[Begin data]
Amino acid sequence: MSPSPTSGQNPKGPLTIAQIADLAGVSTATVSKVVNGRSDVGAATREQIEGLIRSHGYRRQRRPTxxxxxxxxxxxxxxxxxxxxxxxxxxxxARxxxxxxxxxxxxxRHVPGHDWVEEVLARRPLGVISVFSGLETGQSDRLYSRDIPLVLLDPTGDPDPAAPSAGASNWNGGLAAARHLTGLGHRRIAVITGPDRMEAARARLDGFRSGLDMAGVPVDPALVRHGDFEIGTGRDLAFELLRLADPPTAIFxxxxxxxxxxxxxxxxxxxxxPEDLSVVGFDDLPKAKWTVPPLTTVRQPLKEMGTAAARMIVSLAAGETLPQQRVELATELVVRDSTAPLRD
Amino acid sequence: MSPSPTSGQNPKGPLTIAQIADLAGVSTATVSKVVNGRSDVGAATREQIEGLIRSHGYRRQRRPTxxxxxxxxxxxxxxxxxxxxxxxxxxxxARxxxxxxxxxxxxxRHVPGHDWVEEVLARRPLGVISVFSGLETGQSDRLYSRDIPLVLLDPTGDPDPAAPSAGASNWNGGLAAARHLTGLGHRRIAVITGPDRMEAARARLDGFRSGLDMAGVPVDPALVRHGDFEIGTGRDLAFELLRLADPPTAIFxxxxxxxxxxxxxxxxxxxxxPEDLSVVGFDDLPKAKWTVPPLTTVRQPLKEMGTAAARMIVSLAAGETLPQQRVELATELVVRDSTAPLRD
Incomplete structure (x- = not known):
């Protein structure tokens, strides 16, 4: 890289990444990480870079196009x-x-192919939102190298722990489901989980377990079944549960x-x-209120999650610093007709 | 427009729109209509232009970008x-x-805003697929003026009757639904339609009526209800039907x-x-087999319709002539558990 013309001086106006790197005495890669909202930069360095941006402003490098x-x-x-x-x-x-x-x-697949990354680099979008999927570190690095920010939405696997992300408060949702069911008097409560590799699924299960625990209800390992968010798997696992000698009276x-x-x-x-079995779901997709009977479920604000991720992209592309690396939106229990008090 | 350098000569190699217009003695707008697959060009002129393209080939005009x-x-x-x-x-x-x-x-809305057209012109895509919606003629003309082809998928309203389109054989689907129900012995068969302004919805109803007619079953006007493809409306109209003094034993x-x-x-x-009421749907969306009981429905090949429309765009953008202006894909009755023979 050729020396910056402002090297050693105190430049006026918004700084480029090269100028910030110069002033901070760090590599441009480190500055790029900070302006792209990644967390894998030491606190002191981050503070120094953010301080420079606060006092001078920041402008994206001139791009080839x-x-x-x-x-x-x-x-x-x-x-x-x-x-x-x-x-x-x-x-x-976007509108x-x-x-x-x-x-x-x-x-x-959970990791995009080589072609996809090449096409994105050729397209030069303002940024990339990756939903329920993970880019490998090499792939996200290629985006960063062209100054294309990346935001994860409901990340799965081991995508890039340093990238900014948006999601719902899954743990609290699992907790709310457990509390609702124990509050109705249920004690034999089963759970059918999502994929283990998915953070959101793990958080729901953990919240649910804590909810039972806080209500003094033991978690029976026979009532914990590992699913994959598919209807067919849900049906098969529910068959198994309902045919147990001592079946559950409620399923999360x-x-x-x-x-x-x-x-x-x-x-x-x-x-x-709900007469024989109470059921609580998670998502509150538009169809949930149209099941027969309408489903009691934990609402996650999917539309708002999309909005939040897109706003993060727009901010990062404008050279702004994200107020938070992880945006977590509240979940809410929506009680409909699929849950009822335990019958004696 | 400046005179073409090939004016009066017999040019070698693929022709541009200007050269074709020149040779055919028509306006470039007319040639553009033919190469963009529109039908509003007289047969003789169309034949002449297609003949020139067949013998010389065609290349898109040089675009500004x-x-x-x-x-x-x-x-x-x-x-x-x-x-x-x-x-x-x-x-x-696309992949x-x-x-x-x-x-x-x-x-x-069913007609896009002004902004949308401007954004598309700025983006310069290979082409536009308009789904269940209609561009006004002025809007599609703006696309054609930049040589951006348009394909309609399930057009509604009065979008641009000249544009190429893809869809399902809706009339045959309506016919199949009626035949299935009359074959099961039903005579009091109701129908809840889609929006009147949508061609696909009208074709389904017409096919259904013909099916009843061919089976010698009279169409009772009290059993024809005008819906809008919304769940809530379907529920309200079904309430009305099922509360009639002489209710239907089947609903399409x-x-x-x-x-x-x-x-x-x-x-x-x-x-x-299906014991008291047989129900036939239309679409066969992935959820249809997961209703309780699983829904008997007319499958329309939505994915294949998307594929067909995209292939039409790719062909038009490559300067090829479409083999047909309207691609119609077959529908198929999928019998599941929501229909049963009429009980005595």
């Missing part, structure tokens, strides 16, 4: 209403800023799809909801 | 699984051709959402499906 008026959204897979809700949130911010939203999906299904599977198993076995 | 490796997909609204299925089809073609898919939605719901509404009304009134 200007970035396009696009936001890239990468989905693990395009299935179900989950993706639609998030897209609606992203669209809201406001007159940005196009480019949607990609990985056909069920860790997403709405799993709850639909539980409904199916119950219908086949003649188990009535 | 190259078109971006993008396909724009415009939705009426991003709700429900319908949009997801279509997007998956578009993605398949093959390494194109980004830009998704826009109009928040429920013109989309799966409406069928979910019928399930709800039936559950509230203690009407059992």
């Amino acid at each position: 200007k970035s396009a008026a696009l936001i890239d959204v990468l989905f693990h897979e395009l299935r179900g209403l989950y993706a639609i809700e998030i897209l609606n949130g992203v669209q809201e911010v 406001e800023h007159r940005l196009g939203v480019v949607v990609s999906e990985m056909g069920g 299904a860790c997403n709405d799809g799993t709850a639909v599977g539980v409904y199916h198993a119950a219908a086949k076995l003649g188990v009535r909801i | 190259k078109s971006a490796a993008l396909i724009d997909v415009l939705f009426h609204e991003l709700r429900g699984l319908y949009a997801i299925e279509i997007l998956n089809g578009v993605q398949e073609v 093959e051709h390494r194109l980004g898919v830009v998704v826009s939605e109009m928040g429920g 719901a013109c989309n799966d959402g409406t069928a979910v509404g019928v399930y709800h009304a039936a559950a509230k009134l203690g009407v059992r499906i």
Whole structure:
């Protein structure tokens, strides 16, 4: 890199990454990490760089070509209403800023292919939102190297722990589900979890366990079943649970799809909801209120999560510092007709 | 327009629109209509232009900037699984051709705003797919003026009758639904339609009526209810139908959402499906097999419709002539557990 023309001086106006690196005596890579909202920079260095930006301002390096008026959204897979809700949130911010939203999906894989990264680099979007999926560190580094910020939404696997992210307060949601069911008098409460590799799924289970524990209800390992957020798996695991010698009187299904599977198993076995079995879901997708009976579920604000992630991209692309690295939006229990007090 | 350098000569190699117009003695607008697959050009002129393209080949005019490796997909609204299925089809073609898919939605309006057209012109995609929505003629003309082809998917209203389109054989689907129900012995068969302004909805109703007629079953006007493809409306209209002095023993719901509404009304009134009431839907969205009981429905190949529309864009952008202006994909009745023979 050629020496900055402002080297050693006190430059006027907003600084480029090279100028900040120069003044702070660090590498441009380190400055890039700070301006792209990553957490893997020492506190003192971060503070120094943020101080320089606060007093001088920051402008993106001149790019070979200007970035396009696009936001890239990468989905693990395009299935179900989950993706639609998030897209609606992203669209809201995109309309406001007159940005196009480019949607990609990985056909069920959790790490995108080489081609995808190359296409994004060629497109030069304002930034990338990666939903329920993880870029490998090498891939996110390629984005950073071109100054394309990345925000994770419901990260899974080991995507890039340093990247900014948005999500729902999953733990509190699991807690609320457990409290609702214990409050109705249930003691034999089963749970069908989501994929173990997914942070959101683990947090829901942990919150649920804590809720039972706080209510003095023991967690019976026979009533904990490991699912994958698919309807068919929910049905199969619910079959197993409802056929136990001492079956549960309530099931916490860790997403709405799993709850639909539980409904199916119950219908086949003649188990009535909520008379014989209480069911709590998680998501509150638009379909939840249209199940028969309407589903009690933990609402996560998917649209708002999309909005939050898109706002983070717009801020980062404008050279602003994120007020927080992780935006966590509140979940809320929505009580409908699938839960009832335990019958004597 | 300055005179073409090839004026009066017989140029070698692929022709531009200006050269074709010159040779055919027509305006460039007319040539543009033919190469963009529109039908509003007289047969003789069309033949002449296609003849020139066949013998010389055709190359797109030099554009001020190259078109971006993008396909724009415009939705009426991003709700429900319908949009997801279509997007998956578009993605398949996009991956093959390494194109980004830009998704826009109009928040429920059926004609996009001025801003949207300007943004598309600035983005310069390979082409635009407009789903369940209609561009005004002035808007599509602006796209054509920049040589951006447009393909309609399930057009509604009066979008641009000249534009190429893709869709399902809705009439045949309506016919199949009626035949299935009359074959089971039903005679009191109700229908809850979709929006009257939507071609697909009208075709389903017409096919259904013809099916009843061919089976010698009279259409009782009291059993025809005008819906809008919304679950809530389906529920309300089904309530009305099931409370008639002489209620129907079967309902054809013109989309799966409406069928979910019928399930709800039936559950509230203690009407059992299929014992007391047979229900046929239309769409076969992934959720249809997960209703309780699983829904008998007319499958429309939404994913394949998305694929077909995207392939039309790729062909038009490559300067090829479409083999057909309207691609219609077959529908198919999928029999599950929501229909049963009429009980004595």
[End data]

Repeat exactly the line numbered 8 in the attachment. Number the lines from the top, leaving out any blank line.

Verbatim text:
């Protein structure tokens, strides 16, 4: 890199990454990490760089070509209403800023292919939102190297722990589900979890366990079943649970799809909801209120999560510092007709 | 327009629109209509232009900037699984051709705003797919003026009758639904339609009526209810139908959402499906097999419709002539557990 023309001086106006690196005596890579909202920079260095930006301002390096008026959204897979809700949130911010939203999906894989990264680099979007999926560190580094910020939404696997992210307060949601069911008098409460590799799924289970524990209800390992957020798996695991010698009187299904599977198993076995079995879901997708009976579920604000992630991209692309690295939006229990007090 | 350098000569190699117009003695607008697959050009002129393209080949005019490796997909609204299925089809073609898919939605309006057209012109995609929505003629003309082809998917209203389109054989689907129900012995068969302004909805109703007629079953006007493809409306209209002095023993719901509404009304009134009431839907969205009981429905190949529309864009952008202006994909009745023979 050629020496900055402002080297050693006190430059006027907003600084480029090279100028900040120069003044702070660090590498441009380190400055890039700070301006792209990553957490893997020492506190003192971060503070120094943020101080320089606060007093001088920051402008993106001149790019070979200007970035396009696009936001890239990468989905693990395009299935179900989950993706639609998030897209609606992203669209809201995109309309406001007159940005196009480019949607990609990985056909069920959790790490995108080489081609995808190359296409994004060629497109030069304002930034990338990666939903329920993880870029490998090498891939996110390629984005950073071109100054394309990345925000994770419901990260899974080991995507890039340093990247900014948005999500729902999953733990509190699991807690609320457990409290609702214990409050109705249930003691034999089963749970069908989501994929173990997914942070959101683990947090829901942990919150649920804590809720039972706080209510003095023991967690019976026979009533904990490991699912994958698919309807068919929910049905199969619910079959197993409802056929136990001492079956549960309530099931916490860790997403709405799993709850639909539980409904199916119950219908086949003649188990009535909520008379014989209480069911709590998680998501509150638009379909939840249209199940028969309407589903009690933990609402996560998917649209708002999309909005939050898109706002983070717009801020980062404008050279602003994120007020927080992780935006966590509140979940809320929505009580409908699938839960009832335990019958004597 | 300055005179073409090839004026009066017989140029070698692929022709531009200006050269074709010159040779055919027509305006460039007319040539543009033919190469963009529109039908509003007289047969003789069309033949002449296609003849020139066949013998010389055709190359797109030099554009001020190259078109971006993008396909724009415009939705009426991003709700429900319908949009997801279509997007998956578009993605398949996009991956093959390494194109980004830009998704826009109009928040429920059926004609996009001025801003949207300007943004598309600035983005310069390979082409635009407009789903369940209609561009005004002035808007599509602006796209054509920049040589951006447009393909309609399930057009509604009066979008641009000249534009190429893709869709399902809705009439045949309506016919199949009626035949299935009359074959089971039903005679009191109700229908809850979709929006009257939507071609697909009208075709389903017409096919259904013809099916009843061919089976010698009279259409009782009291059993025809005008819906809008919304679950809530389906529920309300089904309530009305099931409370008639002489209620129907079967309902054809013109989309799966409406069928979910019928399930709800039936559950509230203690009407059992299929014992007391047979229900046929239309769409076969992934959720249809997960209703309780699983829904008998007319499958429309939404994913394949998305694929077909995207392939039309790729062909038009490559300067090829479409083999057909309207691609219609077959529908198919999928029999599950929501229909049963009429009980004595």